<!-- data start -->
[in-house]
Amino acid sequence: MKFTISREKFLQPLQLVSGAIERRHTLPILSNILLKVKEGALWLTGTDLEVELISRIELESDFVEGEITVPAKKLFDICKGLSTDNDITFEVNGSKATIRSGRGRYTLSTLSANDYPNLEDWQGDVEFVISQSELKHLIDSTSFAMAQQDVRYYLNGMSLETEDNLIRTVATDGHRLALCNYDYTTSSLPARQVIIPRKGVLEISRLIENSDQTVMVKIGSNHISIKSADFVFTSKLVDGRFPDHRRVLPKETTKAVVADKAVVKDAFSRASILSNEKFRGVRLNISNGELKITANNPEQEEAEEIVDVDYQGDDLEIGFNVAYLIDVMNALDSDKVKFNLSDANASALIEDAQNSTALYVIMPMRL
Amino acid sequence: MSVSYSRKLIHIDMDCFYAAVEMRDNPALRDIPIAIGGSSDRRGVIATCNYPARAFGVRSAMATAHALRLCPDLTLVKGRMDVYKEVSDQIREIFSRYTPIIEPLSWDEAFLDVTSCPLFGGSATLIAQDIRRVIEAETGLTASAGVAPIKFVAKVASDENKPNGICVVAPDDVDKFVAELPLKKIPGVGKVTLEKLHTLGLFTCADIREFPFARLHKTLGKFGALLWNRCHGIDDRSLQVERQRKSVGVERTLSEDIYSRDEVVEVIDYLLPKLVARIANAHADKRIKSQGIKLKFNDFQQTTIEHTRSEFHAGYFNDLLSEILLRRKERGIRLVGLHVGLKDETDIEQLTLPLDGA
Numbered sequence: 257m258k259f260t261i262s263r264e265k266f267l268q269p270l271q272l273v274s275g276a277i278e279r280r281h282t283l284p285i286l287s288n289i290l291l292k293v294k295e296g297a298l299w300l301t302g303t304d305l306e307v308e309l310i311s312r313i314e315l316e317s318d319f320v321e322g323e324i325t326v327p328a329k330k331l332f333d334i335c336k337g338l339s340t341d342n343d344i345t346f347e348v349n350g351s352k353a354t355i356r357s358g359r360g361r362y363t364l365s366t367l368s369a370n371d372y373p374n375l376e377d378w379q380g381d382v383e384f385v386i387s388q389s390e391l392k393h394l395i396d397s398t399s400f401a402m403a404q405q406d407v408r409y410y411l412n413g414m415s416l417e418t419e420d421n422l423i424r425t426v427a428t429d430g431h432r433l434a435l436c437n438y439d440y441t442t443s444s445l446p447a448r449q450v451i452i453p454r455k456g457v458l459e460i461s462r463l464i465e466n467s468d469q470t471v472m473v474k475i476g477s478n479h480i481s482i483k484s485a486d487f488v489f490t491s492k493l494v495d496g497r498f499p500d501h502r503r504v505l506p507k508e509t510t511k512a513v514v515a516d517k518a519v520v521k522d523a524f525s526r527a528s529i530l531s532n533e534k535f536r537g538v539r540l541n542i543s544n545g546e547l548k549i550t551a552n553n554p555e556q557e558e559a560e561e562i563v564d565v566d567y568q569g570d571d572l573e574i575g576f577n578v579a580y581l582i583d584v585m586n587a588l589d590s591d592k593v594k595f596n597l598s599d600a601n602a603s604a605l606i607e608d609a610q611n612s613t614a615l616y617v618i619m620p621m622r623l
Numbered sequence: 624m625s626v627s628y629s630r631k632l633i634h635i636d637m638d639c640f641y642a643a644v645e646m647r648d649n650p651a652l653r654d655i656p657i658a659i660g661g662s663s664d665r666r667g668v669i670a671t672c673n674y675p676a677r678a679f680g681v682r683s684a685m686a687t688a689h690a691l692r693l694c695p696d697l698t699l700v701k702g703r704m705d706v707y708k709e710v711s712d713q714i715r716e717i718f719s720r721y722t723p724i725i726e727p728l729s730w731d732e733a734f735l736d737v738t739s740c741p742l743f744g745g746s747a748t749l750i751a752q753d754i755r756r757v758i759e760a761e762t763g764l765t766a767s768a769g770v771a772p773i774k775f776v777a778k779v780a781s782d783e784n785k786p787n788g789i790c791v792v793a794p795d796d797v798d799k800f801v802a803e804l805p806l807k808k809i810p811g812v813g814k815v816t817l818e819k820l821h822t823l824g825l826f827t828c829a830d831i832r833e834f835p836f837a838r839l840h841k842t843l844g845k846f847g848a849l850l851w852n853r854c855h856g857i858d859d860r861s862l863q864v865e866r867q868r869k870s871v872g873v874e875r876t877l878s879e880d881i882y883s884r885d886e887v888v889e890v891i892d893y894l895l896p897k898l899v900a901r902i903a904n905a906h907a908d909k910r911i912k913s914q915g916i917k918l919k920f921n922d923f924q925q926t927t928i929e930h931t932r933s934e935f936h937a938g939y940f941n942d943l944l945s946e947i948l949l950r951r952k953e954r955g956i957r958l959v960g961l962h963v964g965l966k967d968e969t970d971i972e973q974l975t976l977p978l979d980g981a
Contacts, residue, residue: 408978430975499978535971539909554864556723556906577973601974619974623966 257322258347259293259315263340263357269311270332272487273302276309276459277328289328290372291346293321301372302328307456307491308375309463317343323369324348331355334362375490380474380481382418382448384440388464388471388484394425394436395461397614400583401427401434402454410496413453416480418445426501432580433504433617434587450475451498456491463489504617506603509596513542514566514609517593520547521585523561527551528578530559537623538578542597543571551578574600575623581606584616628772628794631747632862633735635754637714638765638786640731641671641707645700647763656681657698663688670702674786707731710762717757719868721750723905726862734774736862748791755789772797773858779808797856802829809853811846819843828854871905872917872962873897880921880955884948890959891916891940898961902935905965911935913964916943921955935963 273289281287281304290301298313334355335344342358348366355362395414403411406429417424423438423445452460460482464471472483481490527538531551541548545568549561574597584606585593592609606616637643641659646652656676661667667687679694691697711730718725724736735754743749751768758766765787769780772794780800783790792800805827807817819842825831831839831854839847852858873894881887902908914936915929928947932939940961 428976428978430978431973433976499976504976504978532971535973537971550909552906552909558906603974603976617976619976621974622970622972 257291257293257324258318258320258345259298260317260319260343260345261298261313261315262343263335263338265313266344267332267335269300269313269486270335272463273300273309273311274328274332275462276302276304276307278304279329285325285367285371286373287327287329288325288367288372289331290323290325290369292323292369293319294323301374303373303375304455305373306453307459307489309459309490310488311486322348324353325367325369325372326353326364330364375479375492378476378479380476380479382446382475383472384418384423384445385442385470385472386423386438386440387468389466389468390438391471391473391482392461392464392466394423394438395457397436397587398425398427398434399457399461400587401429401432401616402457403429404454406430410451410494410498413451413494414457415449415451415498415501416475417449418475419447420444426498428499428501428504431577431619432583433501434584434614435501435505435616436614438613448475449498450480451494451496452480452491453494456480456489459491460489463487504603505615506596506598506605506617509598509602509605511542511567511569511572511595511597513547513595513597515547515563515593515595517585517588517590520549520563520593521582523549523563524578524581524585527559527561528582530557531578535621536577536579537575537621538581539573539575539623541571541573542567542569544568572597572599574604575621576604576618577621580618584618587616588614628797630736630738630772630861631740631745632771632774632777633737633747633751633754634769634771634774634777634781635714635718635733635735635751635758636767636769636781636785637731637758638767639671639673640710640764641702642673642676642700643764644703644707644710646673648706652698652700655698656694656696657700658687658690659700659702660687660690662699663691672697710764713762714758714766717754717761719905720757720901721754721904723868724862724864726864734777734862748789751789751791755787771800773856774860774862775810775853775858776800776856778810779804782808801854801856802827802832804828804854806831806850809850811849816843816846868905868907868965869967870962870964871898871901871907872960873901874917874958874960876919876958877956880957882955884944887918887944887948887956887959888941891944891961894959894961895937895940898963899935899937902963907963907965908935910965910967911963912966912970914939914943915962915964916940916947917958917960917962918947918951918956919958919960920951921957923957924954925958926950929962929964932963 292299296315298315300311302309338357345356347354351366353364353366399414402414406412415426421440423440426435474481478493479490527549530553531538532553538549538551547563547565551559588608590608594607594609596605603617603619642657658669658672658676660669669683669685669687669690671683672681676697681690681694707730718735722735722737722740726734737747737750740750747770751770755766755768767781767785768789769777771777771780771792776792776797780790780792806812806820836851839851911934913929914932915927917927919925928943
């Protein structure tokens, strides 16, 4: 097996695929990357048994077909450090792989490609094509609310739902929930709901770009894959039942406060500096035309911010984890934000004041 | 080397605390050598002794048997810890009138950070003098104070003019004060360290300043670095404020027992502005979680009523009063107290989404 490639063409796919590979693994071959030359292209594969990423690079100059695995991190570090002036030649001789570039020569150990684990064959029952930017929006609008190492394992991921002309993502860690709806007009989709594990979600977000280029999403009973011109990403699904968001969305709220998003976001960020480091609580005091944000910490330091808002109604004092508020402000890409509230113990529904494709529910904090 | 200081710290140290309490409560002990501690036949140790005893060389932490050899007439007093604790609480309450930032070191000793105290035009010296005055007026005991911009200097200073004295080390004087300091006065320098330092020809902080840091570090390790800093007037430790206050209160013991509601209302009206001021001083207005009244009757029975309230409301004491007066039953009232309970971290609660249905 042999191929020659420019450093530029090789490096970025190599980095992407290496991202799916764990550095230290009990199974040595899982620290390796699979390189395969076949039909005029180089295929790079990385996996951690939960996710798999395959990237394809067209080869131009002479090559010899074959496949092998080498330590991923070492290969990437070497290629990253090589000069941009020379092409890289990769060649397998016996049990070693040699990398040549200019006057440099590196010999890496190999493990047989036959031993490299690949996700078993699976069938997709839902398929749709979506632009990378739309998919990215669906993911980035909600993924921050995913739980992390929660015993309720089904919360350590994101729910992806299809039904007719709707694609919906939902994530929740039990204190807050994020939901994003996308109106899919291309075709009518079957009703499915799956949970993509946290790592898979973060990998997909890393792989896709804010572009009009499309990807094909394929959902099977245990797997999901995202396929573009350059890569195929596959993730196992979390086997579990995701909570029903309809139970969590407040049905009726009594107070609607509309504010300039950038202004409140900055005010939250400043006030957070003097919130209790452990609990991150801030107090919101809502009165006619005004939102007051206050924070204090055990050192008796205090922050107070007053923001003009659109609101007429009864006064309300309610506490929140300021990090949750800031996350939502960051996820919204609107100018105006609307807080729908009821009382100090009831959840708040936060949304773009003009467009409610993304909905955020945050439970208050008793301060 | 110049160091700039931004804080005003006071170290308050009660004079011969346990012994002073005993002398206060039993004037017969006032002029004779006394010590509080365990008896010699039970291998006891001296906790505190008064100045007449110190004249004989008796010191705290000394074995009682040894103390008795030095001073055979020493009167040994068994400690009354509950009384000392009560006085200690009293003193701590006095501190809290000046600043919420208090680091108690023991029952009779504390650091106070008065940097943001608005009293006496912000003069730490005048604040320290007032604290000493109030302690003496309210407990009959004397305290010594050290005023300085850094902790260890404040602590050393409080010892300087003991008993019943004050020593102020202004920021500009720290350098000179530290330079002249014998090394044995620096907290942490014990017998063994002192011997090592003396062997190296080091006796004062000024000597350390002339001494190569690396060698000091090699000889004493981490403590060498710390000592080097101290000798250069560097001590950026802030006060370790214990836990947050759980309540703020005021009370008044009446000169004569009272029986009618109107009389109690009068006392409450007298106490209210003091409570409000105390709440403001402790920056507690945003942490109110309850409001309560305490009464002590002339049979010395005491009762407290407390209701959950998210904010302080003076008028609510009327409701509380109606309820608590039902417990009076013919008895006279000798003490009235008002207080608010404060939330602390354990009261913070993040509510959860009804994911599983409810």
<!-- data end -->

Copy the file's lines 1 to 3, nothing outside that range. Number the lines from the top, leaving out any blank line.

[in-house]
Amino acid sequence: MKFTISREKFLQPLQLVSGAIERRHTLPILSNILLKVKEGALWLTGTDLEVELISRIELESDFVEGEITVPAKKLFDICKGLSTDNDITFEVNGSKATIRSGRGRYTLSTLSANDYPNLEDWQGDVEFVISQSELKHLIDSTSFAMAQQDVRYYLNGMSLETEDNLIRTVATDGHRLALCNYDYTTSSLPARQVIIPRKGVLEISRLIENSDQTVMVKIGSNHISIKSADFVFTSKLVDGRFPDHRRVLPKETTKAVVADKAVVKDAFSRASILSNEKFRGVRLNISNGELKITANNPEQEEAEEIVDVDYQGDDLEIGFNVAYLIDVMNALDSDKVKFNLSDANASALIEDAQNSTALYVIMPMRL
Amino acid sequence: MSVSYSRKLIHIDMDCFYAAVEMRDNPALRDIPIAIGGSSDRRGVIATCNYPARAFGVRSAMATAHALRLCPDLTLVKGRMDVYKEVSDQIREIFSRYTPIIEPLSWDEAFLDVTSCPLFGGSATLIAQDIRRVIEAETGLTASAGVAPIKFVAKVASDENKPNGICVVAPDDVDKFVAELPLKKIPGVGKVTLEKLHTLGLFTCADIREFPFARLHKTLGKFGALLWNRCHGIDDRSLQVERQRKSVGVERTLSEDIYSRDEVVEVIDYLLPKLVARIANAHADKRIKSQGIKLKFNDFQQTTIEHTRSEFHAGYFNDLLSEILLRRKERGIRLVGLHVGLKDETDIEQLTLPLDGA